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Leave a comment
  • Jay Harrison on November 18 2019 said:
    Carbon tax the people who pollute OUR planet. Maybe if the Saudis and Russians used the profits to help there people like Norway I might have some empathy instead they squander money on who can buy the biggest super yacht
  • Rick Morrison on November 18 2019 said:
    The language in this article is of poor standard, almost wondering whether I missed a sarcasm tag in the beginning. Belittling one of the greatest challenges in a generation just shows how far from reality the author is and doesn't give anyone confidence in the analysis of the rest of the article.

    The challenges facing the industry are real and denial or name-calling won't change that fact nor will it change facts about AGW. We have to face these challenges with open eyes and head on and not let our decision making be influenced by disinformation. Success in this industry was always built on a solid understanding of physics and engineering, building on that and not selectively pretending some of it doesn't fit our agenda, is how we solve these issues.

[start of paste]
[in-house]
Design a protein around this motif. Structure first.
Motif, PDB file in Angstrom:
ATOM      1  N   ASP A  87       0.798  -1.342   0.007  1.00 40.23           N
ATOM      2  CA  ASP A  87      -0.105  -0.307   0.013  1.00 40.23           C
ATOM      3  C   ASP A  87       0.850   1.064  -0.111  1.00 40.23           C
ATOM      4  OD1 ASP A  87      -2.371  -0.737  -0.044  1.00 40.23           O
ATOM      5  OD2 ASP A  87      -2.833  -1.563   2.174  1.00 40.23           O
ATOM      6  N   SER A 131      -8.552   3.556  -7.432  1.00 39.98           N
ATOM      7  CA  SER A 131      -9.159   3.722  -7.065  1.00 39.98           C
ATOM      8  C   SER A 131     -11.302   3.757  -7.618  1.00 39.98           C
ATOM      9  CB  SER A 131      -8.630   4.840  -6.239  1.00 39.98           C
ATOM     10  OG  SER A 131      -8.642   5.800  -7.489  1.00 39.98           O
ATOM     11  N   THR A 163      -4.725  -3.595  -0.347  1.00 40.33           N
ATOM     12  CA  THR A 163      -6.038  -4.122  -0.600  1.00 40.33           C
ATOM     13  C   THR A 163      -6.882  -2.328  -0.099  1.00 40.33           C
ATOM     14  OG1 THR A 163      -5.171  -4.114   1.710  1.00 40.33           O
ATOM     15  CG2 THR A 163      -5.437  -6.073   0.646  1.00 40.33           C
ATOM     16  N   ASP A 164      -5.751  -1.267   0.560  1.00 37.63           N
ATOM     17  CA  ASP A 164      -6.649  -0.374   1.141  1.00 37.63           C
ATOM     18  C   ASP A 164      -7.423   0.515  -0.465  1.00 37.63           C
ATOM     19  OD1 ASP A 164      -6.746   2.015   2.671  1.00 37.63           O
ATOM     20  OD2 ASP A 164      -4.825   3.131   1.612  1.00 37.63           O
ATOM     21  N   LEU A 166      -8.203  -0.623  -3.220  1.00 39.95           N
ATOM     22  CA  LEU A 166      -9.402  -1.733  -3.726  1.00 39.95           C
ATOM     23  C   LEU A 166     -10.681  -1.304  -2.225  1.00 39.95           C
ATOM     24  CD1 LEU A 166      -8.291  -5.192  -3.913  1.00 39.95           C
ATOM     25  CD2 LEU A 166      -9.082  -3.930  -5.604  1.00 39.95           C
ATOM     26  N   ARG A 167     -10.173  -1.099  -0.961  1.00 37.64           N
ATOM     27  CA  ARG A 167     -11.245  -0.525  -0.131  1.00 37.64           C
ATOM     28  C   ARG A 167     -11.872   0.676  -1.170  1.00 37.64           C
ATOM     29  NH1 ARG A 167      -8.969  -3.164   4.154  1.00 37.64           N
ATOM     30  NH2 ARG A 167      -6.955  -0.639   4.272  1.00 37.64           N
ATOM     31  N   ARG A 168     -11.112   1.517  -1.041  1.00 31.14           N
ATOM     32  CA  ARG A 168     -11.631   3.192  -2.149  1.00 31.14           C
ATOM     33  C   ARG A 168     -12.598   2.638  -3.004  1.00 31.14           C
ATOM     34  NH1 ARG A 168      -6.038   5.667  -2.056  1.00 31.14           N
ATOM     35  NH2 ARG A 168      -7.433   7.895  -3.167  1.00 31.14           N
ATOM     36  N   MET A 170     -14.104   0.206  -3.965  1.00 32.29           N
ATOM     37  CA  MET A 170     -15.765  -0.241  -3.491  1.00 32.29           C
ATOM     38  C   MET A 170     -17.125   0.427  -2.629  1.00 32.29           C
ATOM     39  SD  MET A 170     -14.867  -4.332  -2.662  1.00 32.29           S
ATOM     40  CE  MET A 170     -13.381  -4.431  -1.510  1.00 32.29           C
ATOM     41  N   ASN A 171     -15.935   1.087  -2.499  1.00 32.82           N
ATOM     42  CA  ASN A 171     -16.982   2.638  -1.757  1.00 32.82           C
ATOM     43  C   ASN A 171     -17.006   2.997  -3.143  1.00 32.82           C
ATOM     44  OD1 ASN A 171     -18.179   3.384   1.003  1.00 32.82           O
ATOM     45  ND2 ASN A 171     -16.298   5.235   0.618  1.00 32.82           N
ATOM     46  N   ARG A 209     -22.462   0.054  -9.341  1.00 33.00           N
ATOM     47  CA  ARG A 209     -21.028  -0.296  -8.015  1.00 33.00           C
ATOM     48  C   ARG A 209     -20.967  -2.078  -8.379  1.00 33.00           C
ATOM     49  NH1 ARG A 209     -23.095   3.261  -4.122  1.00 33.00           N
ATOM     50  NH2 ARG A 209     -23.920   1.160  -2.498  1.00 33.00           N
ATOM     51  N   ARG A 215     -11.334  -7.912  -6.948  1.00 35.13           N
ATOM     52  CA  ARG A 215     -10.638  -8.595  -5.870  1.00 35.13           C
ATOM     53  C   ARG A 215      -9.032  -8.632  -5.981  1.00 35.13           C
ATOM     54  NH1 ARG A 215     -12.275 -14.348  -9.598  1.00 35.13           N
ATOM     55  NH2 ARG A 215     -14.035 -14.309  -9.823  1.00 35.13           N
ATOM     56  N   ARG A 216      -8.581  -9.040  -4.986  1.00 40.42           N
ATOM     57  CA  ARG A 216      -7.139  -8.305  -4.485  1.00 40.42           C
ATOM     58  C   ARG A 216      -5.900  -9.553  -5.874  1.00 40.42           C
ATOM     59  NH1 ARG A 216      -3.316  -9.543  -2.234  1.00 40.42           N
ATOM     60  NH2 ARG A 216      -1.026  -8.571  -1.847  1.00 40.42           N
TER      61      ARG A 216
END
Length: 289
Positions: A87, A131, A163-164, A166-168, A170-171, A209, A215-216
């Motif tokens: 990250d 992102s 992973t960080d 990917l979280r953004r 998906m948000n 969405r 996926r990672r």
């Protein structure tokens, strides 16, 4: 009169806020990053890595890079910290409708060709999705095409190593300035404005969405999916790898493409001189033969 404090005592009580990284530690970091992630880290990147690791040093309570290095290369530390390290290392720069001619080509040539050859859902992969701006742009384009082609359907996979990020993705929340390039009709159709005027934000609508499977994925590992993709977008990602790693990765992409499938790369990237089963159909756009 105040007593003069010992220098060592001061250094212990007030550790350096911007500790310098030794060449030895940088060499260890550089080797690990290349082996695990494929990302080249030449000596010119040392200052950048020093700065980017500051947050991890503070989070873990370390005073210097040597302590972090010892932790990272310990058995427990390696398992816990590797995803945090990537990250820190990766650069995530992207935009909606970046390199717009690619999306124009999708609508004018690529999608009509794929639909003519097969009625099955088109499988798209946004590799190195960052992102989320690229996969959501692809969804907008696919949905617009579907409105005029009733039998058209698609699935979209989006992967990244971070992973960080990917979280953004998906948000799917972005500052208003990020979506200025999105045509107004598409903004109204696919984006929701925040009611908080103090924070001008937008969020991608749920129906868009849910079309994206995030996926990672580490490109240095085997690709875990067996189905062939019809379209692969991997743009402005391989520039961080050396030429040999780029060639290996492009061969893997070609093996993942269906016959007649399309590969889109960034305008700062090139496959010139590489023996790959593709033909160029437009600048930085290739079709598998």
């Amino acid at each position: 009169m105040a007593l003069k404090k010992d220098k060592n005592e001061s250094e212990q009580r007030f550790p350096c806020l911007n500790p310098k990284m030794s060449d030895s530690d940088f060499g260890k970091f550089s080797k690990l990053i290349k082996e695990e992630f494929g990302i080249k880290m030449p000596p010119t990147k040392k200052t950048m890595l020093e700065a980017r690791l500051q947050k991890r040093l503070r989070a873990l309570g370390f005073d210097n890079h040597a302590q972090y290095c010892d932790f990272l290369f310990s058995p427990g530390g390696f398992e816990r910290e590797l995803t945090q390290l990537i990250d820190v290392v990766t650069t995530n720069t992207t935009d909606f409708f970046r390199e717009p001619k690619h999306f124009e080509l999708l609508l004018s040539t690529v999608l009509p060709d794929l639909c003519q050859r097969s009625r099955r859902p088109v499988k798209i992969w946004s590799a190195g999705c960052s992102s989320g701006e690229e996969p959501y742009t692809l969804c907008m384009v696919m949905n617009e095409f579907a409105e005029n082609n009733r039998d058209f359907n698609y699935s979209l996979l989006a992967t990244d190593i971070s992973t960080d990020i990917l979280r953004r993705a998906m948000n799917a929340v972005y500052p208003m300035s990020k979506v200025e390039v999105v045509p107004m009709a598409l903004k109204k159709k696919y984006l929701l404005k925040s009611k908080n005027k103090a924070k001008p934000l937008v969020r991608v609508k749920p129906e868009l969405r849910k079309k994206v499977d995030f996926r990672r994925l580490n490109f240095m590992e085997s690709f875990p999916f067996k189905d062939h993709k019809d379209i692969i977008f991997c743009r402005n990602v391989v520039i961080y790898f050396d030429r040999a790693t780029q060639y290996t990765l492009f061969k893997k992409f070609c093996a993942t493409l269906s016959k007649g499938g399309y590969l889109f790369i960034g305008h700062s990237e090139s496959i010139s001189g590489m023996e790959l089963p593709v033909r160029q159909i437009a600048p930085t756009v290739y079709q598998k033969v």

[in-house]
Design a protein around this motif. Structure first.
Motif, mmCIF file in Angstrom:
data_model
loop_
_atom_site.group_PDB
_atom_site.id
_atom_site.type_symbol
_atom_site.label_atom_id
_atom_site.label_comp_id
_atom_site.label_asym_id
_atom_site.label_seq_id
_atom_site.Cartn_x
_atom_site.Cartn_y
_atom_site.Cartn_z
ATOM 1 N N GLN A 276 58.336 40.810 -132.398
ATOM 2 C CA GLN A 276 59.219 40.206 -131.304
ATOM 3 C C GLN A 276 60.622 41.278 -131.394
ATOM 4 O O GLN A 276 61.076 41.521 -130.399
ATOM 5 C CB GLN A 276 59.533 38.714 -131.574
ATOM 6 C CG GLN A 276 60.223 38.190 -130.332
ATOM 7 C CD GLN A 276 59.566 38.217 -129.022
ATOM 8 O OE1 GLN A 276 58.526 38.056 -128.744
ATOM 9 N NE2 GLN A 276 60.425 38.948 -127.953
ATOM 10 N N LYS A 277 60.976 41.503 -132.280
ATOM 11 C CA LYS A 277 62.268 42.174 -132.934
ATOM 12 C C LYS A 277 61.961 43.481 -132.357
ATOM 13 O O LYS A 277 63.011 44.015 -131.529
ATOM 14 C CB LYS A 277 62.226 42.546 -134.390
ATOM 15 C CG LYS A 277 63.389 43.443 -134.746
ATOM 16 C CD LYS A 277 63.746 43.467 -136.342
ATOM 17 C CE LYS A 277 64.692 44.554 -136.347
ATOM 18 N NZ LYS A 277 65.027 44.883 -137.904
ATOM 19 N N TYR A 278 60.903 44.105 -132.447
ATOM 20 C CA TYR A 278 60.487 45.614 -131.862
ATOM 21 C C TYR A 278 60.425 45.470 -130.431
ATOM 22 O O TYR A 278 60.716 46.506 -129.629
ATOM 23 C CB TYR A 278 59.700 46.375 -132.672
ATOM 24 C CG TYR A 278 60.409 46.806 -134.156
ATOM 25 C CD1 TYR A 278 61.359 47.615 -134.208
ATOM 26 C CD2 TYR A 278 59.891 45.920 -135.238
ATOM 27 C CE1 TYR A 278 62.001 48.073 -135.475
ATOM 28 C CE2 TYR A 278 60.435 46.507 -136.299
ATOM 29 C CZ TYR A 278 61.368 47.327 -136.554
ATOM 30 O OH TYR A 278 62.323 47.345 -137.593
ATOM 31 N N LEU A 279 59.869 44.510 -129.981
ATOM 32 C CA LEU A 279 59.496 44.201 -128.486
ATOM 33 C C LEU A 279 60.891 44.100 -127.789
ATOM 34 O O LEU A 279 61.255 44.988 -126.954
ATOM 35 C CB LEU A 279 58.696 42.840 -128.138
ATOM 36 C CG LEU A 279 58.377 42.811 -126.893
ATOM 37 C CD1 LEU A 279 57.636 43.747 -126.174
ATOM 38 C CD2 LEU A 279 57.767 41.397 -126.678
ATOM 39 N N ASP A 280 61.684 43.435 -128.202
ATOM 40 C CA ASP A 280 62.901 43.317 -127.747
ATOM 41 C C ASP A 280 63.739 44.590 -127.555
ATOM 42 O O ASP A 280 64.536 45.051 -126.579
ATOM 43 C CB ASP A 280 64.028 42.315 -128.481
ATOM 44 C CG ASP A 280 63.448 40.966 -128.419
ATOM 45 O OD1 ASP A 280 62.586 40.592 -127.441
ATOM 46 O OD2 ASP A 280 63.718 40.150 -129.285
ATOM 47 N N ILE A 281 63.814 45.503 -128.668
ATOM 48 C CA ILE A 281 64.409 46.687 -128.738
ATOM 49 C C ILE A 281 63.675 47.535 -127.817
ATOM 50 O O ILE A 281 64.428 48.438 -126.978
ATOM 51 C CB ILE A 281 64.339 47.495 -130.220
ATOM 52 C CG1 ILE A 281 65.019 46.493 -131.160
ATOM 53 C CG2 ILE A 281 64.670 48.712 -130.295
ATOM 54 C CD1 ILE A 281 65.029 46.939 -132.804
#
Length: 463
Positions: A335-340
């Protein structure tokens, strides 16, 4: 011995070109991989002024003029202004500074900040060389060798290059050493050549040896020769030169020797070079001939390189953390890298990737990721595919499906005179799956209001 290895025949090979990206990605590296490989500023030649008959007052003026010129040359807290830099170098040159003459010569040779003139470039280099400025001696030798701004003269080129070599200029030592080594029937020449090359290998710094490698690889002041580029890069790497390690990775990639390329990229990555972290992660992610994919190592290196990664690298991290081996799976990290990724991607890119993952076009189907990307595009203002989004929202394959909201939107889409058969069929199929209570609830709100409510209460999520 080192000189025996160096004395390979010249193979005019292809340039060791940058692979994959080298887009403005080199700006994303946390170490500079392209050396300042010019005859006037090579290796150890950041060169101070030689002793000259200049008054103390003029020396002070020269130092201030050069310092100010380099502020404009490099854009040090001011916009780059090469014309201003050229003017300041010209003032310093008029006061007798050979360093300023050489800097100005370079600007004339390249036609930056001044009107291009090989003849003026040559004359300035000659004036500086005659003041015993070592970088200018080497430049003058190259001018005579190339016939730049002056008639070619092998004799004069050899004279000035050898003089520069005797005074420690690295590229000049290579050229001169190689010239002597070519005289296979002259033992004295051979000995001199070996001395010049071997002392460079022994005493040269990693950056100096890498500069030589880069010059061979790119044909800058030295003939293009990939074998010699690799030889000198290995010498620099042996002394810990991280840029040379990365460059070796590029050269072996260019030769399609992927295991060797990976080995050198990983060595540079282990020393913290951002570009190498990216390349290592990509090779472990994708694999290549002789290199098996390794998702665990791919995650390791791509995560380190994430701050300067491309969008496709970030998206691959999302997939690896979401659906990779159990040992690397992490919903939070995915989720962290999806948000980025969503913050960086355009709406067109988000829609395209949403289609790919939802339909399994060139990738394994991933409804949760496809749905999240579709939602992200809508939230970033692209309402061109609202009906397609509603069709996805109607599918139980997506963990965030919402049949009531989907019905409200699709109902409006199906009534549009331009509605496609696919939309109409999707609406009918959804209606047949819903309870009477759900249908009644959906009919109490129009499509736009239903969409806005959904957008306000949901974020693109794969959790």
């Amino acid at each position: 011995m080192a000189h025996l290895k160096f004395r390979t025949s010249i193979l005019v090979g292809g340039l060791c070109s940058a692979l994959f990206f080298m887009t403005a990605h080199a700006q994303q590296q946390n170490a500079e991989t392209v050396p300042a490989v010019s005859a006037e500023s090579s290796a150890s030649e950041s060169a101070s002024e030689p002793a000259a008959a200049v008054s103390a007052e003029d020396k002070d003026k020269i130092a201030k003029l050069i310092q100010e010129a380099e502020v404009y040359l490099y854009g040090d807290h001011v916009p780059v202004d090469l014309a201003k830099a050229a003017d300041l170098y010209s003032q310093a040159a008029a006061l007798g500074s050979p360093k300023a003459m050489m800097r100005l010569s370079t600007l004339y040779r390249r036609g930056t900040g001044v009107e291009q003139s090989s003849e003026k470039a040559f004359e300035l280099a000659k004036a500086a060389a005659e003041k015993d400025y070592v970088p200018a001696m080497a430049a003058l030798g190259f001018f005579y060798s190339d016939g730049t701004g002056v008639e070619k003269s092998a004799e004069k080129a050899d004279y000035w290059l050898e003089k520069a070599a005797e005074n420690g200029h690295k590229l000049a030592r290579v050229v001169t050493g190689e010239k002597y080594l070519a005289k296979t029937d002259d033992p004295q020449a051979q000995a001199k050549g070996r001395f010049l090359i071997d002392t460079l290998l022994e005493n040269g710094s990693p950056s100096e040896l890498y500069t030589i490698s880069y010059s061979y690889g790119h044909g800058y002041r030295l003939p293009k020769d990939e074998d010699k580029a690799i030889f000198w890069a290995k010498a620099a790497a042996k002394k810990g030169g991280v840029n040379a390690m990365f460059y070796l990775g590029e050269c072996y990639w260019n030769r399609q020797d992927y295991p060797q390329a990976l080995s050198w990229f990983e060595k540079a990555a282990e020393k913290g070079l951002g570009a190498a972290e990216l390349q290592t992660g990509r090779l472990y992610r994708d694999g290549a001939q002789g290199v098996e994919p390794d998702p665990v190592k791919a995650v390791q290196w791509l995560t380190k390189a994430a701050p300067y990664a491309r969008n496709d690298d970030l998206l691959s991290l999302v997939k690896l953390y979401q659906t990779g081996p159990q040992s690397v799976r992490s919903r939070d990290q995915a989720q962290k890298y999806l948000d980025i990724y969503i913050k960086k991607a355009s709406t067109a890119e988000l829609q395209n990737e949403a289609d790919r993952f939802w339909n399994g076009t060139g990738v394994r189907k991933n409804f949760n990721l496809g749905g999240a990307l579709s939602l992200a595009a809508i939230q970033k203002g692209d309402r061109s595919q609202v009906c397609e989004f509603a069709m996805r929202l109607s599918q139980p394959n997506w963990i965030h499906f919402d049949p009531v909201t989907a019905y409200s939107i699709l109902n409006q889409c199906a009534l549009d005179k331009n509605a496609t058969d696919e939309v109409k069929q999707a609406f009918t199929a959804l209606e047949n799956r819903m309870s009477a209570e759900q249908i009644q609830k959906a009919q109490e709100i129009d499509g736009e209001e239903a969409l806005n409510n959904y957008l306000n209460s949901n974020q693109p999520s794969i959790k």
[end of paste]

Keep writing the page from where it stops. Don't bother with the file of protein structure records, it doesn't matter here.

• John P Butler on November 19 2019 said:
    The real problem is that the oil industry and so many others have bought into and acknowledge the hoax of man-made climate change. The environmental movement is nothing more than a Leftist political movement to tear down the western capitalist societies. Control the people, tax them and grow the government.

    Carbon is a trace atmospheric element, about 0.04%, it has nothing to do with climate.The oil industry has done a pretty good job of cleaning any mess they make. So it is time to expose the lie and show the massive benefits it has produced.
  • Lee James on November 19 2019 said:
    Not sure the author knows that the days of oil are numbered. OK, it's gonna be awhile before demand drops appreciably, but just know that we should be doing everything we can to reduce oil dependency and burning up our natural resources.

Leave a comment